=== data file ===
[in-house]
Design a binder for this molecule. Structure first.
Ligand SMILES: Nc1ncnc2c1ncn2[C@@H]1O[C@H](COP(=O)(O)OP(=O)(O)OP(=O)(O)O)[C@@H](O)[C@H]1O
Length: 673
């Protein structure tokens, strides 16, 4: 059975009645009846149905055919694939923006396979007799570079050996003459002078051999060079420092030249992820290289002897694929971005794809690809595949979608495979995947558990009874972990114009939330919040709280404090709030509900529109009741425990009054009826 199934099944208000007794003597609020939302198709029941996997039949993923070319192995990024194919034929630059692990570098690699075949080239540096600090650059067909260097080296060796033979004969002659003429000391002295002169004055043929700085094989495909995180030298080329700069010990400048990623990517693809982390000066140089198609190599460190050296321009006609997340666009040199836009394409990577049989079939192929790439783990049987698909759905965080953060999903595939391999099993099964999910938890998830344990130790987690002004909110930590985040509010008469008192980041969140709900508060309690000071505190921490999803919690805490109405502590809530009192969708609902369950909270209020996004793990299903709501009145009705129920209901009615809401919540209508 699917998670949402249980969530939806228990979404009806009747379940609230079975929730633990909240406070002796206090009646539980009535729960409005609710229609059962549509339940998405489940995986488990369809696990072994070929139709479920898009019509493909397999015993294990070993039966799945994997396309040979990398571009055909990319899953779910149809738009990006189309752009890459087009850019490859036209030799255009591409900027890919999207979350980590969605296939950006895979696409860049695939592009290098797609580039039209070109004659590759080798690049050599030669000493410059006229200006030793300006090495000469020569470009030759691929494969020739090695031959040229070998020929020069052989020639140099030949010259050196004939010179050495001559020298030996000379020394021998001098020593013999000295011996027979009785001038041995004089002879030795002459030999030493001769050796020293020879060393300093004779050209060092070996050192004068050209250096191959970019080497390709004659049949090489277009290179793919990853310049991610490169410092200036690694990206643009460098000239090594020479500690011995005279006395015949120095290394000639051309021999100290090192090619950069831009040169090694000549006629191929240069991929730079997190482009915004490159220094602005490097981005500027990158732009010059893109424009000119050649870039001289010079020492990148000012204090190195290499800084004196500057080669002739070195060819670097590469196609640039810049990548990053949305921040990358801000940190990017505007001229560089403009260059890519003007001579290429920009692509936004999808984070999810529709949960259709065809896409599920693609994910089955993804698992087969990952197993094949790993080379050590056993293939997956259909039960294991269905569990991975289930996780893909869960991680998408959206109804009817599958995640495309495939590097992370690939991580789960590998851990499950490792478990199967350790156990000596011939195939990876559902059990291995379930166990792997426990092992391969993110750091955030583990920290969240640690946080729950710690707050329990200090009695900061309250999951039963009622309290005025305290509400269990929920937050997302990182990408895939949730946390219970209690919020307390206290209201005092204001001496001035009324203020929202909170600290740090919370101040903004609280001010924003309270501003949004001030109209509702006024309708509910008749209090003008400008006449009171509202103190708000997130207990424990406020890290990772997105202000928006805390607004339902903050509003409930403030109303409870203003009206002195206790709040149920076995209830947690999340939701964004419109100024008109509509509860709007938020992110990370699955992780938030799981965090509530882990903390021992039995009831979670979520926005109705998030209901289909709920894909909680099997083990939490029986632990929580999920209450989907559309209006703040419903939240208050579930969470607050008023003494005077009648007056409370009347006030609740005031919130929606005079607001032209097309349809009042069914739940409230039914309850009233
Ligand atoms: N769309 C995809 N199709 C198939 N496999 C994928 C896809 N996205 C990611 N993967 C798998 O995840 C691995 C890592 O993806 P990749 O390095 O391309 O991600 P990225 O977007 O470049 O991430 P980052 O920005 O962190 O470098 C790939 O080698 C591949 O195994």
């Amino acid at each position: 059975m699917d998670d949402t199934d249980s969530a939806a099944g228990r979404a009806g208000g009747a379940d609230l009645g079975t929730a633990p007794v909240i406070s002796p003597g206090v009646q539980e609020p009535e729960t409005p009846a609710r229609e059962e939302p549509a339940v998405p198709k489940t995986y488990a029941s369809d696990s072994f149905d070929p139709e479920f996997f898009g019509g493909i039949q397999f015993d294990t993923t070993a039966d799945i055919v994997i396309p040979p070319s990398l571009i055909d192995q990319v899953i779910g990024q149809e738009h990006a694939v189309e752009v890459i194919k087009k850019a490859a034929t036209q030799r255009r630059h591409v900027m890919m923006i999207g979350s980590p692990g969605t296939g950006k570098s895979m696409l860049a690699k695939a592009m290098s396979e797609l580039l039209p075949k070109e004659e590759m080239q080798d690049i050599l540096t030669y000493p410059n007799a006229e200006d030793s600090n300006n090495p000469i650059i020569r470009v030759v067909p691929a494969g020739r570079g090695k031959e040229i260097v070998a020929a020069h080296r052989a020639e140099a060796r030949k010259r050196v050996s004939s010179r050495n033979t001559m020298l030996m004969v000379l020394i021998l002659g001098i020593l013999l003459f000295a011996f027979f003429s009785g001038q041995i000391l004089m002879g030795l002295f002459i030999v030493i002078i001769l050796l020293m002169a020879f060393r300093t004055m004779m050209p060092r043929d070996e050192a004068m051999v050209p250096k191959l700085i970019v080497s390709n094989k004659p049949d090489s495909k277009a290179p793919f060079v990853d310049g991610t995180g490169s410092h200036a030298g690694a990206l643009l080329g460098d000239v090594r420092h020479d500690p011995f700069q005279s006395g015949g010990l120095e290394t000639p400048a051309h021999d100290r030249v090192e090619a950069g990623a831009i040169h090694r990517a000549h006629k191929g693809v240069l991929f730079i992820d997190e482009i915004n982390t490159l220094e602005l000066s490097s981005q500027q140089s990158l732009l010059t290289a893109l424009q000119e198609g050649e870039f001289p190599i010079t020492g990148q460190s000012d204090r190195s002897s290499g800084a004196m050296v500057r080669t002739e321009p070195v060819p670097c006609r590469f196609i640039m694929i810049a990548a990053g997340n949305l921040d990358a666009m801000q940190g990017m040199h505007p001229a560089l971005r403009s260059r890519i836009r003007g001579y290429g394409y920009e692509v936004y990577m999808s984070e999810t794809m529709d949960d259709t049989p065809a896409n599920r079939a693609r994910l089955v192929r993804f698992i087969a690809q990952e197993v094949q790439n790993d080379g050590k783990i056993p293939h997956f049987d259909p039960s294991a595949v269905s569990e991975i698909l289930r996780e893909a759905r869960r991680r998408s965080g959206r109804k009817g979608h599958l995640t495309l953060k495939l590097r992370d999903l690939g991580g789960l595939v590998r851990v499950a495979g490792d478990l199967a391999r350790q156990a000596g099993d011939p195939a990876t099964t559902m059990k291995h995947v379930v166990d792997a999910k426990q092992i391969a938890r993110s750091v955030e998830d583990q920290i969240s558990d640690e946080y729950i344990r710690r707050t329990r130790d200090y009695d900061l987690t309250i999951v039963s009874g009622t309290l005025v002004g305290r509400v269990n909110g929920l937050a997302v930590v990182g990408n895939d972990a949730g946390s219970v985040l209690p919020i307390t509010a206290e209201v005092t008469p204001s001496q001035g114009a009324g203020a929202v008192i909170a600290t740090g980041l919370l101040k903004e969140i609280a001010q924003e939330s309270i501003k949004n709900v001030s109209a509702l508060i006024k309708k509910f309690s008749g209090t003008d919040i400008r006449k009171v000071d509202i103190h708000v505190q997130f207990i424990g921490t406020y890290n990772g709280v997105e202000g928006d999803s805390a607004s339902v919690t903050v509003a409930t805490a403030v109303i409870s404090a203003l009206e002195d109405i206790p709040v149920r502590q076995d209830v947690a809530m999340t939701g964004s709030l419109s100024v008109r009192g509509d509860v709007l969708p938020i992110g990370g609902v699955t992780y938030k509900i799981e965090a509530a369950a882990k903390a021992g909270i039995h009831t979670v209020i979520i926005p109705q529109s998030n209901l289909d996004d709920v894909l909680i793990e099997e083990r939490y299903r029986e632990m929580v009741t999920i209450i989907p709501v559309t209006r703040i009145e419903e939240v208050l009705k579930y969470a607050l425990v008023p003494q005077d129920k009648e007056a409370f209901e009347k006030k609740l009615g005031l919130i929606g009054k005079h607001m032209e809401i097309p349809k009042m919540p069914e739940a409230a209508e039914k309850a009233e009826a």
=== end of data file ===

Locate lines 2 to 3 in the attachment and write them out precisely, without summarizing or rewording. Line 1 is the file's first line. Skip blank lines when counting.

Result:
Design a binder for this molecule. Structure first.
Ligand SMILES: Nc1ncnc2c1ncn2[C@@H]1O[C@H](COP(=O)(O)OP(=O)(O)OP(=O)(O)O)[C@@H](O)[C@H]1O